Looking for ideas to entertain the kids next week? We asked some fellow parents for their advice on surviving half term for those enjoying extended time at home with the wee treasures. Here’s their advice.
Disclaimer: Some of this post may involve wine and lying down. But there are also actual useful tips in here so keep reading. However, if you’re looking for a list of museums and workshops, you might want to look elsewhere. This is Beano, right?
Kat, mum of three says ‘let them watch TV for countless hours. Leave one of those 24 packs of crisps in the middle of the room to feed them, all the while shouting “Just five more minutes!” any time you hear a noise.’
Alice, mum of two, came up with the concise answer: ‘wine’*, while Vicky’s next level idea is ‘sedatives’. However, she doesn’t specify whether this is for the children or the parents.
*We should at this point remind you a. please drink responsibly and b. wine is also applicable during term time.
So that’s sustenance covered. What else?
Jane reminds us that ‘it’s okay to be bored’, a sentiment seconded by Emma, mum of two, who says ‘let them make their own fun with what they have… if they can’t think of anything they can always tidy their bedroom. I also very much enjoy taking them to the grandparents house.’ Clever. More expensive wine there.
Gemma, mum of one, has some canny swapsie advice. ‘Swap childcare days with pals who are also self-employed so the children have company/play buddies and, on the days when you swap, you get some time to lie in a dark room in silence.’
Friends also feature top of the list for Claire, mum of two. ‘Find a friend with a garden. Get a sprinkler. That’s how I’ve survived the last two weekends!’
So that’ll take us up to, ooh, about 3pm on Monday. What about organising some actual activities? That’s what proper parents do, right?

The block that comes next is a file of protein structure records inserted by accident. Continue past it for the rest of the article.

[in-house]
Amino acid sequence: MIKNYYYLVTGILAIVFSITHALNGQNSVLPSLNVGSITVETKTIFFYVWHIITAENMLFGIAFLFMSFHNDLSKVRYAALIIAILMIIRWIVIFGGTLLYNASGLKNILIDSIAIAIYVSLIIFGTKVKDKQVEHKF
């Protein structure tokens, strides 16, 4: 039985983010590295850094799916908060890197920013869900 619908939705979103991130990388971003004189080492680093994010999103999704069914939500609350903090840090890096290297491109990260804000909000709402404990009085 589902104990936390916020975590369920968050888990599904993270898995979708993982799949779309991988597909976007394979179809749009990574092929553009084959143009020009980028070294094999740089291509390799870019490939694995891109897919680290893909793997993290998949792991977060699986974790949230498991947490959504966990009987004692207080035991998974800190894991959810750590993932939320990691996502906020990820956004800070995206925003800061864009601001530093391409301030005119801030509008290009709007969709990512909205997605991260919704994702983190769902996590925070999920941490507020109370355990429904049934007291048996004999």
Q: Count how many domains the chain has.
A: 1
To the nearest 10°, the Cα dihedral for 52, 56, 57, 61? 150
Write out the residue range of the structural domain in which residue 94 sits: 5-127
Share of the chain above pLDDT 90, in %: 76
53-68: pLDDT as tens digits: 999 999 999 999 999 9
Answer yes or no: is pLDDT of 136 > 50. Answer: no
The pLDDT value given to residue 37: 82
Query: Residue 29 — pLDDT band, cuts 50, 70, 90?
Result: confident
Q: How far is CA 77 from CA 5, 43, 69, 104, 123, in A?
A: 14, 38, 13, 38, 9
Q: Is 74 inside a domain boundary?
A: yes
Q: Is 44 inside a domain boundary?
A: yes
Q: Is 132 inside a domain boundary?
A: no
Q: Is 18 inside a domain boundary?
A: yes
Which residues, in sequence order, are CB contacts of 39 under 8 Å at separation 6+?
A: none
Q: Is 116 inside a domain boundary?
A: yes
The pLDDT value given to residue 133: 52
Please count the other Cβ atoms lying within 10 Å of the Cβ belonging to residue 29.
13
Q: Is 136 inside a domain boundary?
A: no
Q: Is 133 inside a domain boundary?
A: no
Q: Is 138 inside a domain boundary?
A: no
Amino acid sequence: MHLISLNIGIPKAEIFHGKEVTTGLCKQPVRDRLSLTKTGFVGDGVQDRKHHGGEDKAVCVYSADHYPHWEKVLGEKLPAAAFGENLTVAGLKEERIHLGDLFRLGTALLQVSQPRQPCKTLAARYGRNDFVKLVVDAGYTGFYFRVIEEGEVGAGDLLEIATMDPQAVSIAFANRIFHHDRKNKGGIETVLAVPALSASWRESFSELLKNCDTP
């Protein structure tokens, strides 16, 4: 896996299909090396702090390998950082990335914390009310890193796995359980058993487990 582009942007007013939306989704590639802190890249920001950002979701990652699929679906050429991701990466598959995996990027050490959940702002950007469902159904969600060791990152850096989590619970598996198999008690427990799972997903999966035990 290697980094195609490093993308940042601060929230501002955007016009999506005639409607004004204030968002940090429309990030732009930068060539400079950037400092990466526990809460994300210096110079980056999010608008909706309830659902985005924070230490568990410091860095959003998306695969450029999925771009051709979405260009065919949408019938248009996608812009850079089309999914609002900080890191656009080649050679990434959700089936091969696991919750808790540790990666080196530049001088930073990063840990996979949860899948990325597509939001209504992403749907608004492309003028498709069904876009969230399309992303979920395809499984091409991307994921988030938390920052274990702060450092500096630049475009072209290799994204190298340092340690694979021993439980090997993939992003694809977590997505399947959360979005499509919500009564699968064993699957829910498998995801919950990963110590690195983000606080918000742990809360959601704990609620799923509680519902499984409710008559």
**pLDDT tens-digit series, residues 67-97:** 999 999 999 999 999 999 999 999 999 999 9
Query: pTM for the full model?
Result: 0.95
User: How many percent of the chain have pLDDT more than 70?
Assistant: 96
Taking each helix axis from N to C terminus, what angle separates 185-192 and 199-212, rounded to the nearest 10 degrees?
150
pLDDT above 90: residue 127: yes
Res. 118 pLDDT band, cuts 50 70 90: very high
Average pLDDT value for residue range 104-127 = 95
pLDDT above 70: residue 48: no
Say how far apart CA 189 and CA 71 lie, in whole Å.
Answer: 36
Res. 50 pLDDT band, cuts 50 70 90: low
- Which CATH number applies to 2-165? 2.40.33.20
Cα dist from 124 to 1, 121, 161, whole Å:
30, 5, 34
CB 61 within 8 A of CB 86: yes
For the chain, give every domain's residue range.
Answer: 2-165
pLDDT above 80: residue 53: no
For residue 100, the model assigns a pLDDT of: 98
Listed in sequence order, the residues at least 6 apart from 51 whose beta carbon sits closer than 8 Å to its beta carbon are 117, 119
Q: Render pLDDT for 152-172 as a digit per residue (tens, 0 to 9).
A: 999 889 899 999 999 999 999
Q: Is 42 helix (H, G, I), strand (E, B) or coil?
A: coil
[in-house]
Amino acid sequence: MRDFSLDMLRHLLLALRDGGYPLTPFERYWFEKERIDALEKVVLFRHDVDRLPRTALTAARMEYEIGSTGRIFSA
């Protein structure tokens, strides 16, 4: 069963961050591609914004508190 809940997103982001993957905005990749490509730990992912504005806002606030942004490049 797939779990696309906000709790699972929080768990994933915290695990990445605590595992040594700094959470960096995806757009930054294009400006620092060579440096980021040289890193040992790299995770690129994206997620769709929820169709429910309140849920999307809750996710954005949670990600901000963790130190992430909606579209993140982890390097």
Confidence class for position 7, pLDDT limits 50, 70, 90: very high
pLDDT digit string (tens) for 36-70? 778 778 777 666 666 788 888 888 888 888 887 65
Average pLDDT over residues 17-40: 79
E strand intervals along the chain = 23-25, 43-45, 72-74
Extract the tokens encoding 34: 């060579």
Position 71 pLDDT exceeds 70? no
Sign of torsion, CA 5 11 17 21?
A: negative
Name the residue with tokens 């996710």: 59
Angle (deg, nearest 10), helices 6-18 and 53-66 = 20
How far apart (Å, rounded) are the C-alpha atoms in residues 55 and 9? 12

Mum of three, Katie, suggested this cute lucky dip idea. ‘All members of the family write down what they’d like to do in a day, then you fold up the paper and put them in a pot. Draw one piece out a day and that’s what you do. All surprises and everyone is happy.’ It’s good in theory, but you might just need to set some clear boundaries to avoid inevitable disappointment and having to yell ‘WHO WROTE DISNEYLAND? I SAID CHEAP!’
Cheap fun is good fun. Gillian agrees: ‘I don’t think you always have to do big expensive days out – my two often love pretty low effort things like going for lunch followed by looking in our local charity shops. Also the library always has free stuff on. Followed by wine and sedatives, obviously.’ We like Gillian.
Alice again: ‘Reduce expectations. You don’t have to be off paying to do every organised activity going, or feel guilty about not going away on holiday. Relax, have long breakfasts with pancakes and fresh fruit, find a big of open ground somewhere and let the kids be wild.’
Wild gets our vote. The forecast isn’t looking too bad next week, so outdoor fun might actually work. Jane again: ‘Get mucky and tired – forest school type stuff’ and Katie agrees: ‘Camping with no technology to hand. Remote wild camping… river swimming and tree climbing. Failing that, Kids Club!’
Siobhan’s idea is to ‘join in with the rock painting craze – hunt for rocks, paint the rocks, hide the rocks in local parks, post pictures of ones you find in the local Facebook group and look out for people posting pictures of yours. See how far they travel’, while Kimberlee takes this one stage further: ‘Geocaching!’ (For the uninitated, geocaching is where you hide a container at a particular location for GPS users to find using co-ordinates you post online. It’s basically a 21st century treasure hunt).
Kimberlee is clearly something of a supermum – her other brilliant ideas include ‘go to the local skatepark in the early morning as you always pretty much have it to yourself so the kids get to feel like a pro! Pokemon Go! is still going strong in our house. And we’ve downloaded a comic book template online and the kids spend hours making their own to read to us.’ Future Beano creatives in the making RIGHT THERE. You could also give stop-motion animation a go – download an app and use Lego figures as your cast.
But our favourite idea of all comes from Katie, mum of three: ‘Set up a stall outside your house. Sometimes, when I’m on the ball, we make cakes or flapjacks to sell. Other times, the girls find stuff they want to sell from their bedrooms then stay out there all day selling. They always get more customers if I leave them to it!’
Give that mum a medal.
Need indoor fun ideas? Head to Beano.com for tons of makes, videos and funny stuff.